Annual Flu Vaccine
The single best way to protect against influenza is to get vaccinated each year. You may encounter patients who will not get flu shots. You may find it difficult changing their minds as they are misinformed and fearful of the flu vaccine.
Your challenge is to engage these members as partners in their own care, dispel the myths, have them trust and rely on you for the best information for keeping them healthy and prevent the flu from leading to pneumonia and an increased risk of mortality.
- Encourage patients to come in early in the flu season for their shots.
- Have standing orders and a process to administer flu shots for walk-ins.
- Stock the vaccine so that you have it available to patients who need it.
- For elderly patients who have a hard time getting around and who have a transportation benefit, encourage them to use the free rides to take them to and from your office to get their shots.
- Enlist the aid of caregivers to encourage your patients to get their flu shots.
- In addition to recommending the flu shot, advise your patients to observe the usual precautions during the flu season, such as avoiding crowded places, people who are ill and washing hands frequently.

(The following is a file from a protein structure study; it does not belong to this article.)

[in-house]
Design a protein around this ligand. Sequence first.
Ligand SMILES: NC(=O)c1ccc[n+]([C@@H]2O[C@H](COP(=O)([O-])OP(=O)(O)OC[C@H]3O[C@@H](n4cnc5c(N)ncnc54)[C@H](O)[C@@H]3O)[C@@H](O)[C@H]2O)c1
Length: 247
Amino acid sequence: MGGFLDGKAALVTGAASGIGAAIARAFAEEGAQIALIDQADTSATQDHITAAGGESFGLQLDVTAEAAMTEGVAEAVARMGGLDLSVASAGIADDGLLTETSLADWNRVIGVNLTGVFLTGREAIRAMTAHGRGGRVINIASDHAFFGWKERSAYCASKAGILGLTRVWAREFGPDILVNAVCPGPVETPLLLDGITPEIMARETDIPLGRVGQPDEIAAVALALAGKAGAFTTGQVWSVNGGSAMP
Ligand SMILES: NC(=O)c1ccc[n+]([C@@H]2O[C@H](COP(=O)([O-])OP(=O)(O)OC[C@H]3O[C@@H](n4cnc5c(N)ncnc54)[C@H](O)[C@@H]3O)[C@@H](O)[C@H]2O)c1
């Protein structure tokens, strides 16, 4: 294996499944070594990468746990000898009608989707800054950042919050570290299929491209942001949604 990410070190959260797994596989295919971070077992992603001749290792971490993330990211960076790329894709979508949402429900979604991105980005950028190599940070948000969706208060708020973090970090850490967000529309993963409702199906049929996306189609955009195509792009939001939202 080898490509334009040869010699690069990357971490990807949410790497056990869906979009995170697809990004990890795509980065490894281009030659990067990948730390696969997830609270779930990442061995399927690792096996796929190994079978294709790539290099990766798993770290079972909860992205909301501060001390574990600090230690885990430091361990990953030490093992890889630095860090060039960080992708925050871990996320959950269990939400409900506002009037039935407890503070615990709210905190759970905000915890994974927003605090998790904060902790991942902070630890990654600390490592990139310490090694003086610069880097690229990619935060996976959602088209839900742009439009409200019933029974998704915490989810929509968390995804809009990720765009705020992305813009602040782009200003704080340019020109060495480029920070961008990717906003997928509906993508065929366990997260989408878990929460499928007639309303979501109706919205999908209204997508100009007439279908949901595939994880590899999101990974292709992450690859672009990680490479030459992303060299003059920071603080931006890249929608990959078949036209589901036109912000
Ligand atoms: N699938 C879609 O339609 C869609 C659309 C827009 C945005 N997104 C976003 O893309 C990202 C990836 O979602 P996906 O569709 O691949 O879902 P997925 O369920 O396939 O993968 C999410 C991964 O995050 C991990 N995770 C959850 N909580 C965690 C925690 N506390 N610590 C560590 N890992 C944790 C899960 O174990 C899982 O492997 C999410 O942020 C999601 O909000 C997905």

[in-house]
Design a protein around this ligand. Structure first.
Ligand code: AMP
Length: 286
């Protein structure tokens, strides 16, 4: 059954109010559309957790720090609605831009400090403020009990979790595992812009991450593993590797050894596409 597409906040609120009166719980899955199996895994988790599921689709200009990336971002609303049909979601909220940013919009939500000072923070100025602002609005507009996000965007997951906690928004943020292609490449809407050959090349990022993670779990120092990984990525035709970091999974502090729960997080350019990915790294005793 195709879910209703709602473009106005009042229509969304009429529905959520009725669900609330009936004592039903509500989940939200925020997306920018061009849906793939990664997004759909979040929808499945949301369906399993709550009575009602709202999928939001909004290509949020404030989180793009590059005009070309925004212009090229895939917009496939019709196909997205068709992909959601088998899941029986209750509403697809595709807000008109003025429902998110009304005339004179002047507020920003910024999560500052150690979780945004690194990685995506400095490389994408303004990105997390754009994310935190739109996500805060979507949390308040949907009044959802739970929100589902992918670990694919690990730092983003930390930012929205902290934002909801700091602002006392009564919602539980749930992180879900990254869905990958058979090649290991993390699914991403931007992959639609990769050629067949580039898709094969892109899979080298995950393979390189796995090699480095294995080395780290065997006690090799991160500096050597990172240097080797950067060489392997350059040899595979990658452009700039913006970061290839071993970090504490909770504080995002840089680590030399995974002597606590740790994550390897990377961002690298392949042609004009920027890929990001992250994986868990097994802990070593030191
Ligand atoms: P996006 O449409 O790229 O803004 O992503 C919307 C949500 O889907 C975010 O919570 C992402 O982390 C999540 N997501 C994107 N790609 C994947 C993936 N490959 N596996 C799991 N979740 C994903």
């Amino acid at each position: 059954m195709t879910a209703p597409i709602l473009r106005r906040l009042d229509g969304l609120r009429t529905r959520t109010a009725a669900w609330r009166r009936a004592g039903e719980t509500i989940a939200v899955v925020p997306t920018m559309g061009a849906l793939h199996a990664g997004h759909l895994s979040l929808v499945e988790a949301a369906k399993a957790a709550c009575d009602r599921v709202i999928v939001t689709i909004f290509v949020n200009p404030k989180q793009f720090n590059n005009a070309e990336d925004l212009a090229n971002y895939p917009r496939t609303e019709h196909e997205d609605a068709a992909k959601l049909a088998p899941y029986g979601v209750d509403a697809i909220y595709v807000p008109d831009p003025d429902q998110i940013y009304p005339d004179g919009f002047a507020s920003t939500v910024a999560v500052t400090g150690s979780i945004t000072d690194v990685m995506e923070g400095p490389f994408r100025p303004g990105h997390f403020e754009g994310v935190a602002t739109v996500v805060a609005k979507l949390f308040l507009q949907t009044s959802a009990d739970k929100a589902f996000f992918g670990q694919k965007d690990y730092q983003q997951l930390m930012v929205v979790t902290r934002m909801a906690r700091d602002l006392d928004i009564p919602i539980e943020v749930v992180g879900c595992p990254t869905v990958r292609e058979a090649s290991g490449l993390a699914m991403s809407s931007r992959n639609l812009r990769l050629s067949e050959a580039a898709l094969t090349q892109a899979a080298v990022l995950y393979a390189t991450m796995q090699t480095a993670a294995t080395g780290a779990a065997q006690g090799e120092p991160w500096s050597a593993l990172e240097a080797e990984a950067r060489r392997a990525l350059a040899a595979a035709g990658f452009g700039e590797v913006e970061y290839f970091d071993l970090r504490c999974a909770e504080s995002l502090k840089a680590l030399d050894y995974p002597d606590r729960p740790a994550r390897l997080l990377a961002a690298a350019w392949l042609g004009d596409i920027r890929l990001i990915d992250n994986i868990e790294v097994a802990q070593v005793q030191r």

- Set up auto-reminder calls to all your patients towards the start of the flu season.
- Consider offering flu shot clinics or even a FLU-FOBT.
- Provide take-home materials for patients’ records so that they remember receiving their flu shot.
Toolkits and Educational Tools
- The CDC provides a number of tools and materials to drive home the benefits of getting a flu shot. For example, the number of preventable flu illnesses, medical visits and hospitalizations are laid out in a table by the CDC as shown below.1
- You can also get the 2016-17 Flu Season Digital Media Toolkit from the CDC.2
It is a Medicare requirement that SCAN members be able to get a flu shot without a copayment. However, if the members also see their primary care physicians for other reasons, an office visit copayment can be charged.
Coding and Documentation Guidance
One set of procedure codes is used for the vaccines themselves, and one procedure code is used for the administration of the vaccine.3
Documentation should include the type of vaccine, route of administration, location of administration (for injections), batch number of the vaccine and date.
There is a single code for administration of the vaccine, irrespective of route:
The administration code and one of the codes listed for annual flu vaccines in Appendix: Coding (page 64) should be billed.4
1For more information, visit https://www.cdc.gov/flu/ and https://www.cdc.gov/flu/freeresources/print-seniors.htm#Education.
2For more information, visit https://www.cdc.gov/flu/partners/promote-vaccination.htm.
3 There is one diagnosis code: Z63 – encounter for immunization.
4Only one code for the annual flu vaccine should be billed with the administration code.